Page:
Alimony in New Mexico

An overview of New Mexico alimony laws, the types of spousal support available, and how judges determine alimony.

New Mexico Alimony

Here’s what you need to know if you’re facing a spousal support action in New Mexico.

Who is Entitled to Alimony in New Mexico?

Alimony and spousal support are used interchangeably in New Mexico. Either spouse can request alimony, and courts will make an initial determination based on whether one spouse has a demonstrated need and the other spouse can pay.

When both parties are self-supporting, the court may deny the request for alimony, even when there is a large discrepancy in income. New Mexico courts can handle significant differences in earnings by granting one spouse a greater portion of the marital property, such as bank accounts, retirement funds, home equity, real or personal property.

Types of Alimony in New Mexico

New Mexico divorce laws provide for several types of spousal support. These include:

Rehabilitative Spousal Support

This support is a form of temporary alimony that assists a divorced spouse with raising their income earning potential and becoming self-supporting through school, job training, or on-the-job programs like internships.

A rehabilitative support plan may be contingent upon the completion of a specific program.  When the program is complete, benefits will end.

Transitional Spousal Support

Transitional alimony helps spouses transition to a post-marriage life, giving them time to find a new job while waiting for a house to sell or for someone moving to a new area.

Lump-Sum Spousal Support

A New Mexico family court may award a single sum of money to a spouse if the spouse can demonstrate the need for that exact amount. This lump sum payment may be delivered in one payment or through several installments.  Many lump sum installment agreements terminate upon the death of the recipient.  Others are put in place that order payments to continue even after a recipient spouse dies.

Indefinite Spousal Support

Some divorces will result in ongoing financial hardship if a spouse does not receive support from their former spouse. In these cases, the court may grant indefinite spousal support payments through the remainder of the recipient’s life or when they remarry.  This may be due to advanced age, illness, or a disability.  Indefinite spousal support arrangements are uncommon in New Mexico and typically only occur if the couple has been married for 20 or more years

Spouses can also create an alimony agreement, giving them more control over the process.  The agreement will need to be approved by a judge, but if it is just and fair there are usually no problems getting a judge to sign off.

Finally, judges may grant alimony while a case is still going on, providing much needed support for a spouse until a divorce is finalized.  This is known as pendente lite support, and it ends when the divorce is complete.  It may or may not be replaced by one of the other forms of alimony noted above.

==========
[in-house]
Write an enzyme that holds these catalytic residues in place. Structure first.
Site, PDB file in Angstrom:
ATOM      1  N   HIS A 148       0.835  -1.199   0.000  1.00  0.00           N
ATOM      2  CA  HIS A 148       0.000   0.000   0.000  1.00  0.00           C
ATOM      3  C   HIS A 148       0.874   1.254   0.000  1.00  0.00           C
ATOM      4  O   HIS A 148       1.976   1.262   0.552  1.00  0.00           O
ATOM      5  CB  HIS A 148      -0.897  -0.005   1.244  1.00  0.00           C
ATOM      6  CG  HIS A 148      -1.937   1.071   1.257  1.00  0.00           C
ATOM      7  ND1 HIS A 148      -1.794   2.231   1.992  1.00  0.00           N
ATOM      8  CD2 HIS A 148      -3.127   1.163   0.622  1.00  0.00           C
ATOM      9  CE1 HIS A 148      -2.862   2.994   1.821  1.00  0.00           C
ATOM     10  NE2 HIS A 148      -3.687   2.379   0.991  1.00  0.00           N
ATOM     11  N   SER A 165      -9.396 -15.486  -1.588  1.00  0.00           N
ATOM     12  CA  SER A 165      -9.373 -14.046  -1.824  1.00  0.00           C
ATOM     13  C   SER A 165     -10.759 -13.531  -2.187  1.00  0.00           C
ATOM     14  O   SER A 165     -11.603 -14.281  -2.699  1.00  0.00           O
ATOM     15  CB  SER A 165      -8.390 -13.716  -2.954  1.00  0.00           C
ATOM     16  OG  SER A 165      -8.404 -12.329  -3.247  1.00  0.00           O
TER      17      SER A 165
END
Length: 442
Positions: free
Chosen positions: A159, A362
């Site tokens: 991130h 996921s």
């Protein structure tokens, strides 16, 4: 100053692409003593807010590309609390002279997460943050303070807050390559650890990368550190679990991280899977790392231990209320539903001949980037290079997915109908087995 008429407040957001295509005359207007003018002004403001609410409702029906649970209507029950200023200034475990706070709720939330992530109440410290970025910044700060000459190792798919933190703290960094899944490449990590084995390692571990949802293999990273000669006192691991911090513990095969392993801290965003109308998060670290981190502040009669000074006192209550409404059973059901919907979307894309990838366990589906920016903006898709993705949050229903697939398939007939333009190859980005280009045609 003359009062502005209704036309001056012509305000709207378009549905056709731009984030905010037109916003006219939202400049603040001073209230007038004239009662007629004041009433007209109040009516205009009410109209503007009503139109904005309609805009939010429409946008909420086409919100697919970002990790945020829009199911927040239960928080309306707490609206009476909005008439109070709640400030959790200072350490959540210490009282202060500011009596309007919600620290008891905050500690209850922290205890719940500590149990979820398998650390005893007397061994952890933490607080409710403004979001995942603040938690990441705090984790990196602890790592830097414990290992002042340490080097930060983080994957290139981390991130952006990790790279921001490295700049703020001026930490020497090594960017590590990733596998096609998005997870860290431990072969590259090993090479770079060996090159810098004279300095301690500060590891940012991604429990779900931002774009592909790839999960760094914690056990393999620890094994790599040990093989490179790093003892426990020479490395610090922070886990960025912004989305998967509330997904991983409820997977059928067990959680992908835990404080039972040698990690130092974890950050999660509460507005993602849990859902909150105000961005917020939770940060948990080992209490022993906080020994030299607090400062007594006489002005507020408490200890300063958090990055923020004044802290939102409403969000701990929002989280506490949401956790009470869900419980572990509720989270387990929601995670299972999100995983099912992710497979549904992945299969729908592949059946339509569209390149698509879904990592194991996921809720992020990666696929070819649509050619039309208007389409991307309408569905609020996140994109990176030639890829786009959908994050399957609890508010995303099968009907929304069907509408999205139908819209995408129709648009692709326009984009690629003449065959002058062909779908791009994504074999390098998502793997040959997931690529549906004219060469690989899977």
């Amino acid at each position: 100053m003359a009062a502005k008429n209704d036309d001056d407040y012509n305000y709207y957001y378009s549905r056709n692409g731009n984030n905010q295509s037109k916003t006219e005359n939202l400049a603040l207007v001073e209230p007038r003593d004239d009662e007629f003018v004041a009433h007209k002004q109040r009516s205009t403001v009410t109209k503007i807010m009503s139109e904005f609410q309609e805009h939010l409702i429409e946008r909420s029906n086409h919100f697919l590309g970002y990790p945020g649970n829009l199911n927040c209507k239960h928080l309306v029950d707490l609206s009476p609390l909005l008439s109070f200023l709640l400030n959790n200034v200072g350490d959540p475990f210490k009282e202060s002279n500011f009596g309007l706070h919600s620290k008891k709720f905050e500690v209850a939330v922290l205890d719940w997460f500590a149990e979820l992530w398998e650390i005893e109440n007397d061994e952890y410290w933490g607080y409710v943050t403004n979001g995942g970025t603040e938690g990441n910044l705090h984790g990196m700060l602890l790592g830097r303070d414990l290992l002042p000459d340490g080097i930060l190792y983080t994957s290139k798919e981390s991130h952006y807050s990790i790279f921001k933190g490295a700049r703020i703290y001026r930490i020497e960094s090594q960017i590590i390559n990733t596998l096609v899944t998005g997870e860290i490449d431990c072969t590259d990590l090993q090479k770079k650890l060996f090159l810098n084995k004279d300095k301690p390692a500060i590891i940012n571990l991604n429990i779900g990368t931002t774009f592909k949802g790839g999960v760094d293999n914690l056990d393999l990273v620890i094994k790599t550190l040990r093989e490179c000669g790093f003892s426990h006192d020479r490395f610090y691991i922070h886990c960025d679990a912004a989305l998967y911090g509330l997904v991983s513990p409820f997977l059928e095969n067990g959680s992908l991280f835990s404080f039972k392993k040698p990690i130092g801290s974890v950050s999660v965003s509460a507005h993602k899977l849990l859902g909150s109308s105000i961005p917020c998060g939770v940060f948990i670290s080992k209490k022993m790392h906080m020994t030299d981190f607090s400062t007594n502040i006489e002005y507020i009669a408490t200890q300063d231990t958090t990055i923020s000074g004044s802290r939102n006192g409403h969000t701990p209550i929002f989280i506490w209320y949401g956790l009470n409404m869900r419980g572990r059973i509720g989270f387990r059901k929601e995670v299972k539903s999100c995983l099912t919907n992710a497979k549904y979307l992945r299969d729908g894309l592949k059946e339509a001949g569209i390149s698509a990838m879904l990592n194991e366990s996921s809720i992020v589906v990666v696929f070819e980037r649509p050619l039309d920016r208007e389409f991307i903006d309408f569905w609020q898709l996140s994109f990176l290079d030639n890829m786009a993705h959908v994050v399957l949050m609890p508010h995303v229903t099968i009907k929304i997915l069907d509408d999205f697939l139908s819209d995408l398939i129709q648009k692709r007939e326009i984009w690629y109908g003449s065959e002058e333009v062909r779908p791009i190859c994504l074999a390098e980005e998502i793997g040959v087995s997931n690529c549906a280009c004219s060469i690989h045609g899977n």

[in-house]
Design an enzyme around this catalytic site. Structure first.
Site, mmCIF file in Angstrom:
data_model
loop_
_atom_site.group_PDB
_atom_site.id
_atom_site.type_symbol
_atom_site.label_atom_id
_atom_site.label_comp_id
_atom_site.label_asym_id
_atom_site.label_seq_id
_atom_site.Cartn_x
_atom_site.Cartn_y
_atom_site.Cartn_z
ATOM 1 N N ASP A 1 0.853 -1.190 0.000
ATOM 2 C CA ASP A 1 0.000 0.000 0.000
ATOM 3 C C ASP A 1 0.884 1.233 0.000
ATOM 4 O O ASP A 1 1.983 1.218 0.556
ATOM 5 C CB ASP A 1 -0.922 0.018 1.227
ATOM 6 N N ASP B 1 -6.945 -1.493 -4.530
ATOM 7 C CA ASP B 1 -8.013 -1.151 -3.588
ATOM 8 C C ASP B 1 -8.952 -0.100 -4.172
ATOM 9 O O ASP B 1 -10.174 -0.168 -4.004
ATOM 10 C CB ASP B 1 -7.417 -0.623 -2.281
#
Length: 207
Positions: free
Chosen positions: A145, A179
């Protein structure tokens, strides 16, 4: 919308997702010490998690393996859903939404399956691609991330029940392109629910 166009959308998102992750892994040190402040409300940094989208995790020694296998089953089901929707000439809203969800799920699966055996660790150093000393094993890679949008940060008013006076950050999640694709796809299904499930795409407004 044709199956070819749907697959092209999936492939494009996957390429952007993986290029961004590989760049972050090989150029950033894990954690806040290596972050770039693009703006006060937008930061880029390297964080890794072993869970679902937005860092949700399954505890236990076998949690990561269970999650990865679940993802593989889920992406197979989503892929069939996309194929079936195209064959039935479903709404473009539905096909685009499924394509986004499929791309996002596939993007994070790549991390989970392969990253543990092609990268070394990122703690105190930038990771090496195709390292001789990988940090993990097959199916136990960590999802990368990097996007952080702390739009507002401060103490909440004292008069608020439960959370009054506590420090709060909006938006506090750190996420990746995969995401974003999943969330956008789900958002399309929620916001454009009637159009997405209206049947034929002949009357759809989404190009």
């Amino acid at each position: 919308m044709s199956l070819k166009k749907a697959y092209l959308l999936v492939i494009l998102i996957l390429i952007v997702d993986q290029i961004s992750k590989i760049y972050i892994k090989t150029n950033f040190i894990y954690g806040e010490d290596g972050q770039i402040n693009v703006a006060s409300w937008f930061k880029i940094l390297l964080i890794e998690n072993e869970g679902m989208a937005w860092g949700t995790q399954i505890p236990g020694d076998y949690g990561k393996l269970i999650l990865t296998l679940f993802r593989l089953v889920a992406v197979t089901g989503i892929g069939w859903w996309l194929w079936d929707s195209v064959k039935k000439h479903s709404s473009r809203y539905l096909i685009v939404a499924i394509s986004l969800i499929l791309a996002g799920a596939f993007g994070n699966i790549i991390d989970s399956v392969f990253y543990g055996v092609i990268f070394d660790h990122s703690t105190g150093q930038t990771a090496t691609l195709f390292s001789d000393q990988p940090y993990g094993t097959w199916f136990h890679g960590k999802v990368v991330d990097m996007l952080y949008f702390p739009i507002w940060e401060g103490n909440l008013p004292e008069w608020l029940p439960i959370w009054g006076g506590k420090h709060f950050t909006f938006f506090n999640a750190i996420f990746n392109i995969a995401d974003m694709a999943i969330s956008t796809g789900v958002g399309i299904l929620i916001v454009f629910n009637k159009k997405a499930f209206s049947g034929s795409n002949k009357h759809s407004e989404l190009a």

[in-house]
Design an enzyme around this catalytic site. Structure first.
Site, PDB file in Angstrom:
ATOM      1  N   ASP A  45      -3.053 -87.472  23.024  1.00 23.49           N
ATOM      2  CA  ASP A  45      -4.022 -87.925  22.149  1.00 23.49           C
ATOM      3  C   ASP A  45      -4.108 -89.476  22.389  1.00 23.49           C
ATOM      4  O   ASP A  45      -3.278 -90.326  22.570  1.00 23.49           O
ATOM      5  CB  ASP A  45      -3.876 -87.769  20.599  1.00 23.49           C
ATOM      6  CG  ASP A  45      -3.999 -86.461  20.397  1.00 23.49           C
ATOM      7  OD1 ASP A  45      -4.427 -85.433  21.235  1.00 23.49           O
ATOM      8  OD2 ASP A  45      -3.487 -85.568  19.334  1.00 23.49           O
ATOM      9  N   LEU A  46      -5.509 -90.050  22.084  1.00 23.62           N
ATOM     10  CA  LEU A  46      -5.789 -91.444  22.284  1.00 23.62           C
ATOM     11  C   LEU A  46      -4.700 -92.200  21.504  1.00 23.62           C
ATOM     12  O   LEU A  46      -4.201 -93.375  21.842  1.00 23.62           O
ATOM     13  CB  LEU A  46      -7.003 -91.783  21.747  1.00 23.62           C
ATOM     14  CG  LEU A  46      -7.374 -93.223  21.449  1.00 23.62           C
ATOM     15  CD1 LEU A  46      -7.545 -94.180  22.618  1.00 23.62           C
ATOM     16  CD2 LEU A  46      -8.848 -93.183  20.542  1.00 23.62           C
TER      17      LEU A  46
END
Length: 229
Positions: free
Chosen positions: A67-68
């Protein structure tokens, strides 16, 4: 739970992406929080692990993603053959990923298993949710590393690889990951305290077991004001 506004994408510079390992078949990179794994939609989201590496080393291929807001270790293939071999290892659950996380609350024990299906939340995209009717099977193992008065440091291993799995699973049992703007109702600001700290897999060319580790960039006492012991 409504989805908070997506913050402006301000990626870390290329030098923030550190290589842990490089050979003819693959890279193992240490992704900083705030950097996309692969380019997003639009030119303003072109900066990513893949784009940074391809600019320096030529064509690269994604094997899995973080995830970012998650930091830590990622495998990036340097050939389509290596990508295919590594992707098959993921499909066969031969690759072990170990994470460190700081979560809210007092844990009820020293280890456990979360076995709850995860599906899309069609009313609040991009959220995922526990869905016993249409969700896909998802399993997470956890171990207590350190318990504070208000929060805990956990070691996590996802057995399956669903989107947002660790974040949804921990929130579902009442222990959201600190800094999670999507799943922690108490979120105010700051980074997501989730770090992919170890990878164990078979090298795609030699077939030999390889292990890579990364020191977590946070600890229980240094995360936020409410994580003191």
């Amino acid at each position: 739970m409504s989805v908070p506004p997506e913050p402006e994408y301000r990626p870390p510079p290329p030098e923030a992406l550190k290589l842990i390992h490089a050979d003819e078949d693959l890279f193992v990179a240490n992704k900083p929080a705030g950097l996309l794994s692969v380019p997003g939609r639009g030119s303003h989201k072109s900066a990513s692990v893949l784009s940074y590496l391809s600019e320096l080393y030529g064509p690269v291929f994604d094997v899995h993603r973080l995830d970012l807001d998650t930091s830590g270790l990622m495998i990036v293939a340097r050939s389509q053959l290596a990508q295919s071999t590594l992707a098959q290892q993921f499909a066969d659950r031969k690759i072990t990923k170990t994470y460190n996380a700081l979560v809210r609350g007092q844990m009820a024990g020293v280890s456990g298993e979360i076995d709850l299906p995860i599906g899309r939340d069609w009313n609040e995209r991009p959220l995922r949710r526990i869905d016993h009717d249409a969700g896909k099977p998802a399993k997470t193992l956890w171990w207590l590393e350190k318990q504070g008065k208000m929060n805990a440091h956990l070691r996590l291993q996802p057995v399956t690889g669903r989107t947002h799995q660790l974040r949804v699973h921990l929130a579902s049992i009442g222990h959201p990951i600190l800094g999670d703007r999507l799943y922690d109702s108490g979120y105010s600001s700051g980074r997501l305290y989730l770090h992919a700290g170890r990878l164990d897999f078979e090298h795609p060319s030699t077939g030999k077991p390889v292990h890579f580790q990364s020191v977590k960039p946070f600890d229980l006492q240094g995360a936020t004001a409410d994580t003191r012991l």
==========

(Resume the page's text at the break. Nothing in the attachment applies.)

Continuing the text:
Read More:  How to File for Divorce in New Mexico

What Factors Are Used to Determine Alimony?

The most important factors judges weigh in determining New Mexico alimony payments are the length of the marriage, the ability to pay, and the other spouse’s needs.

There is no set formula to determine alimony in New Mexico. However, the court considers several factors, including:

  • The age and health and the means of support for each spouse.
  • The current and future earnings and the earning capacity for each spouse.
  • Good-faith efforts of each spouse to maintain employment or to become self-supporting
  • The reasonable needs of each spouse including:
    • The standard of living during the marriage;
    • Maintaining medical insurance
    • The appropriateness of life insurance, including its availability and cost, ensuring the life of the person paying support as a way to secure payments
  • The duration of the marriage
  • The amount of the property awarded or confirmed to each spouse.
  • The type and nature of each spouse’s assets.
  • The type and nature of each spouse’s liabilities.
  • The income produced by property owned by each spouse.
  • Agreements that are entered into by the spouses in contemplation of the dissolution of marriage or legal separation.

New Mexico courts are not allowed to consider the fault for the divorce.

There are no laws that specify exactly how long alimony will last. However, New Mexico has guidelines that help judges determine the length of alimony.  Those guidelines suggest:

  • 0 to 5 years of marriage: no alimony.
  • 5 to 10 years of marriage: Rehabilitative or transitional alimony. A rehabilitative or transitional plan usually establishes the duration of spousal support payments.
  • 10 to 20 years of marriage: 30% to 50% of the length of marriage. For a 20 year marriage, you might expect alimony to last for 6-10 years.
  • Marriages over 20 years:  Generally indefinite, and the court reserves jurisdiction over the issue unless the parties can agree to lump-sum, non-modifiable alimony.

New Mexico judges have broad discretion to determine the proper amount and length of alimony.  However, state guidelines suggest that alimony is not appropriate in the following situations: